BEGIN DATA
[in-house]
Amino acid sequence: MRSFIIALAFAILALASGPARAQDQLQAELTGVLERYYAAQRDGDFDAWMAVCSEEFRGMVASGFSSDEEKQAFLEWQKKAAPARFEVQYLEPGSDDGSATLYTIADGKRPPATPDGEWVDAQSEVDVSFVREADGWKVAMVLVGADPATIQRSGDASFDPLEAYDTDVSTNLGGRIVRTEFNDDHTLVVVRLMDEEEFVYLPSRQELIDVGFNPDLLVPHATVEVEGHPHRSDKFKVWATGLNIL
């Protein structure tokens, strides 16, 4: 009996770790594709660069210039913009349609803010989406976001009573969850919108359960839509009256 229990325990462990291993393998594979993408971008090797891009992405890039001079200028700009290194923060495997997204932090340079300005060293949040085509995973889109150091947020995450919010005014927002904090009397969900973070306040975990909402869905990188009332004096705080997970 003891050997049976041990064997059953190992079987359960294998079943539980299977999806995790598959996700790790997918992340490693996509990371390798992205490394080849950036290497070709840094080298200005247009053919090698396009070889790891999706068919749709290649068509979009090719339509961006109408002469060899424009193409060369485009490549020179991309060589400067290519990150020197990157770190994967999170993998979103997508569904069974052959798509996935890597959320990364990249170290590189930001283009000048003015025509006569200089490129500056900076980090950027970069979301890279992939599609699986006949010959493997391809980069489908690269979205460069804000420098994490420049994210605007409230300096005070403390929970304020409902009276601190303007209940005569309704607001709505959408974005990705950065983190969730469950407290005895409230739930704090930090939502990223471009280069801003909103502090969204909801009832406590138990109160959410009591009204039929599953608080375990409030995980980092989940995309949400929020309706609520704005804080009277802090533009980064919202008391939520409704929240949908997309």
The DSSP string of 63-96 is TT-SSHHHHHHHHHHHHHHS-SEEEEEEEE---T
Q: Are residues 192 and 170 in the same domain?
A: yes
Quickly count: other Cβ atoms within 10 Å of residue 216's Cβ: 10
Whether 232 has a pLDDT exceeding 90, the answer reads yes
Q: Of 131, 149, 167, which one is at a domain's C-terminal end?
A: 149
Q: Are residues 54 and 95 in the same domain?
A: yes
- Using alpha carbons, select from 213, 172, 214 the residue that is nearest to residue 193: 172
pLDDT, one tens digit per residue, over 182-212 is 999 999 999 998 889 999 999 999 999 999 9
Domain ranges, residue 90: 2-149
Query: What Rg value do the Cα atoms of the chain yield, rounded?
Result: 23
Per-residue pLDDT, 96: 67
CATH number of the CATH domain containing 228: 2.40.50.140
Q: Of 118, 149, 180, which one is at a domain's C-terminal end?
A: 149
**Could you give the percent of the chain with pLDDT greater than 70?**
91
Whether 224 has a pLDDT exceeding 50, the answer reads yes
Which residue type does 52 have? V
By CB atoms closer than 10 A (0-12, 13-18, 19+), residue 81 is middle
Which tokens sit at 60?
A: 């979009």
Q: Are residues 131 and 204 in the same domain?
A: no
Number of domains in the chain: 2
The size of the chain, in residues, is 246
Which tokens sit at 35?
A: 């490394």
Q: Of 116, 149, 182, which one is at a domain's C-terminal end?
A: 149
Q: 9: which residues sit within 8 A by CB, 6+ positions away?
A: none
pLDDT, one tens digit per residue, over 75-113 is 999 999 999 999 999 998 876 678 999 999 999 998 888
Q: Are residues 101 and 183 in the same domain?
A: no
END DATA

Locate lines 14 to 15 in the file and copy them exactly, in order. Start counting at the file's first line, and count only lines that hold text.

pLDDT, one tens digit per residue, over 182-212 is 999 999 999 998 889 999 999 999 999 999 9
Domain ranges, residue 90: 2-149